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Where Man Ends And Machine Begins


I've been a pretty big fan of Autechre since way back in the day. When I first heard Incunabula, back in 1993 or so, I thought it was one of the coolest things ever. At that point, I had no idea who the group was or what they did, but the stuff that they had put together was unlike anything I had heard to that point in electronic music. All the sounds were completely foreign and it didn't have much of a beat at all (if any), but it was some of the most beautifully put-together blips and bleeps around. I got Amber and felt just about the same about it, but when I finally picked up their Tri-Repetae++ release, I could tell that some things were definitely changing with the group. Not only were there some more severly harsh noises in their tracks, but they were taking on a decidingly more experimental edge to them and although it was still well-constructed, there were tracks that just didn't do much for me. When their Chiastic Slide disc came out on import-only, I never got around to picking it up.

Finally, when I saw their new self-titled release, I knew that things had changed with the music even before I heard the album. Like the super-minimal design work (on the outside anyway) on their Tri-Repetae++ release, their new release went even one step further. When you see the black, mini-monolith case and it's only slightly-embossed cover (just enough so you know who it's by), you'll know what I'm talking about (you can barely see it in the above picture). Everything is stripped down to the bare minimum, even the art on the CD (there is none to speak of) and the liner sheet. When I started listening to the disc, my feelings were confirmed right away. While it starts out with a few seconds of innocent enough chimey bleepage, it soon burst into a stuttering electronic track that sounds not too far off from what a cyborg might program. While their is a very quiet underlying element to the song, the rest of it is made up from completely disconnected blips and squirts of sounds that move at breakneck speed and flow into one another. It sounds like a computer trying to process far too much data than they're possible of, and little bits are slipping out and flying every which way.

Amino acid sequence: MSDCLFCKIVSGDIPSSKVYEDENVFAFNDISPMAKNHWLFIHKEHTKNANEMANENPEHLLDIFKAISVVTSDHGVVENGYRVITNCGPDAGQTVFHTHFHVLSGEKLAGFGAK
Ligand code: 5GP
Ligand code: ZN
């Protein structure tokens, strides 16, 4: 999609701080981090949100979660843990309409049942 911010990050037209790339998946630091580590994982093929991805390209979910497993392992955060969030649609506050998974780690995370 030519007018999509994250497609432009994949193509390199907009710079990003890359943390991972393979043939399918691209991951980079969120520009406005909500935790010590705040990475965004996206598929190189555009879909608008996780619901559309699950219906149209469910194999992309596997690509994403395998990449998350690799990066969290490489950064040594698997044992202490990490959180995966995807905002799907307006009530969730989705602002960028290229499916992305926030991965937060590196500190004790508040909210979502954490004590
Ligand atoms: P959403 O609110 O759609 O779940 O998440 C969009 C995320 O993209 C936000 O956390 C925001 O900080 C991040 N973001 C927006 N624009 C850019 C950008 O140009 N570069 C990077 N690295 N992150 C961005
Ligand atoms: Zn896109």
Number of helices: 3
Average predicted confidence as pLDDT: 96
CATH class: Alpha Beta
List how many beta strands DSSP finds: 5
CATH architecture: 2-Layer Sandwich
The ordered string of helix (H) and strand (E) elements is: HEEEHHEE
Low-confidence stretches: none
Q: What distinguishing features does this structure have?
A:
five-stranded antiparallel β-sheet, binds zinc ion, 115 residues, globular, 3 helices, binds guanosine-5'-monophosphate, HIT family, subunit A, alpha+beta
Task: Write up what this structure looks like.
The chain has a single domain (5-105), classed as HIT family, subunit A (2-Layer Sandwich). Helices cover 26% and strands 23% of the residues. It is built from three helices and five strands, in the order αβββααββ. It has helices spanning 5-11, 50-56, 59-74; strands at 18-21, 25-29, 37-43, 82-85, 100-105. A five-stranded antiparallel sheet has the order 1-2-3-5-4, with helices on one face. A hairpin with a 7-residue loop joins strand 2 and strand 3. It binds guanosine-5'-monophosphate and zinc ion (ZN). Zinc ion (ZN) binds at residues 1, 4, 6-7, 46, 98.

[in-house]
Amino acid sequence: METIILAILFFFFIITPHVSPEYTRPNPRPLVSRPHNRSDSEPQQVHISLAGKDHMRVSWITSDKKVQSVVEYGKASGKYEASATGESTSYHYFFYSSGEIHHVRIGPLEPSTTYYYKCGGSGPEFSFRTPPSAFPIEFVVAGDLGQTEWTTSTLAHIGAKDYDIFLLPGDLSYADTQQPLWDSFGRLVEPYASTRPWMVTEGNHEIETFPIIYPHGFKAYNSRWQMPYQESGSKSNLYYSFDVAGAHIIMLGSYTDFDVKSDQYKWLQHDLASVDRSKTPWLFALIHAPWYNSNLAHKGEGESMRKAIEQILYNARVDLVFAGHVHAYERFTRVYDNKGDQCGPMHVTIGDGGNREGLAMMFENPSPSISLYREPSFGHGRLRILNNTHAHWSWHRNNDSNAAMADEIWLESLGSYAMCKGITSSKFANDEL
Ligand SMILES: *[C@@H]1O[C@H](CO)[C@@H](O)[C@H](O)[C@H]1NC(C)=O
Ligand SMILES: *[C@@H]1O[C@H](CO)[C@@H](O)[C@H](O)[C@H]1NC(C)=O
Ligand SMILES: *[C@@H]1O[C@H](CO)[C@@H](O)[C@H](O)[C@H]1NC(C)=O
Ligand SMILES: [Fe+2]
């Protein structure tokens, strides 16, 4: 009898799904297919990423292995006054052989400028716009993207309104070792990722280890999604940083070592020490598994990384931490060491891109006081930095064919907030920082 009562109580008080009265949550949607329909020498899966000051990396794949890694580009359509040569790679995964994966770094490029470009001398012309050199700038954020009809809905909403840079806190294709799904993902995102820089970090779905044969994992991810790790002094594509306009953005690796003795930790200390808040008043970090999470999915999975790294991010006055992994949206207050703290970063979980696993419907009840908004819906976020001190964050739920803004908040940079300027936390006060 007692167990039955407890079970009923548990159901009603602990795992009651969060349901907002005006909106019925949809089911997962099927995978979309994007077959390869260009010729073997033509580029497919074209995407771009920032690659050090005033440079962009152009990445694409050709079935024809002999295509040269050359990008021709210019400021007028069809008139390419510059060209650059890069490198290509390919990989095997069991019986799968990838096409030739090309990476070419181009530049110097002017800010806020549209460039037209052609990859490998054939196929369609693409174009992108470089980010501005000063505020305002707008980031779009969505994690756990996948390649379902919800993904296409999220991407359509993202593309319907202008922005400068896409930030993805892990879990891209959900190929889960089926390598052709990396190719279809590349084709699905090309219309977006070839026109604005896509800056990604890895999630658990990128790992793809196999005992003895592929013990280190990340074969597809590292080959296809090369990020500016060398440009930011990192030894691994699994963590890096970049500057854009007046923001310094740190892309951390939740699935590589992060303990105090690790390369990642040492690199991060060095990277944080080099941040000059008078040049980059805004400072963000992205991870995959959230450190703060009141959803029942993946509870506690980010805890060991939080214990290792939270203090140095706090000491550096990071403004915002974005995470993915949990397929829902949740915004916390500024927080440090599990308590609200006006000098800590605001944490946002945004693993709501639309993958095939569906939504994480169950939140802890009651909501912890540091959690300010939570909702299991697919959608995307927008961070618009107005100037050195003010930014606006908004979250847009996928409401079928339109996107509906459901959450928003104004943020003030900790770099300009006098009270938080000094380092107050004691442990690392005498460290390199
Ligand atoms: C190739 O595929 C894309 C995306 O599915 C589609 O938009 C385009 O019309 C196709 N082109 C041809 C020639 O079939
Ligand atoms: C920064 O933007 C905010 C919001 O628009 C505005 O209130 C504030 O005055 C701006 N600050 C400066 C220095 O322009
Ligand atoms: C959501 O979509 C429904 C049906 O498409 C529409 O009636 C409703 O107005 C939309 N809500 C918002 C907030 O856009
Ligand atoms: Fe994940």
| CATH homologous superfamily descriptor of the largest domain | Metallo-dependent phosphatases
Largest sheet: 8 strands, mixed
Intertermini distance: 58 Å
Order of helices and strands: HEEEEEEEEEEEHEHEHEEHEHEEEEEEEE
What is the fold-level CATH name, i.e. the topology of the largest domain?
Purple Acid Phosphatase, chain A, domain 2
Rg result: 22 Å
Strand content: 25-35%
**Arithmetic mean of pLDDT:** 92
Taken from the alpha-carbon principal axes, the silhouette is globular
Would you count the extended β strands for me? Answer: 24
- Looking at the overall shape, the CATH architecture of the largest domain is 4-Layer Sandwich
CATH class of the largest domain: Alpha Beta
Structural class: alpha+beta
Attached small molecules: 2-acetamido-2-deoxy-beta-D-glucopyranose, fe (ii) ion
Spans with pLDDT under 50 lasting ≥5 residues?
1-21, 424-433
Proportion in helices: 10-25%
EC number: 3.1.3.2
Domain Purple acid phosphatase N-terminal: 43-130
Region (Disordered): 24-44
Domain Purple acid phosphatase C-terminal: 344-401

Things get a little closer to what I'd expect from the group on the third track entitled "Rae." Some nice little synthey sounds are in the background while a fairly decent sized (for Autechre) shakey beat stumbles its way along. After another little minute interlude chime piece, the disc goes into a little more familiar territory with "Vose In," before a more experimental track "Caliper Remote." The tenth track "Arch Carrier" is one of those tracks that hits you square on first listen. With a nicely repetitive little progression that sounds not unlike something that came out of a classical arrangement, a beat thumps along while more dark tones and even some string-sounding synths are layed down over everything. It's freaking brilliant. After a different version of "Drane 2" (from their Peel Sessions disc), 11 minutes of silence and a short hidden track, it's over.

While it's not a bad album, it's just shows that the group is moving in another direction with their music. They've taken out some of the more musical elements and instead come back with something very machine-like and calculated. For me, it was something that was a little hard to get into on the first listen, but found myself becoming more submersed in it subsequently. Perhaps I was correct above when I mentioned that it sounded like music that a cyborg might make. Perhaps Autechre have been working their music for so long that they're not sure where the machine ends and they begin. I know that when I saw Modulations awhile back, it seems that that may have been the case. Still, at the rate things are moving, we need these guys to show us the other side before we actually hit it. Assimilate now.

Rating: 7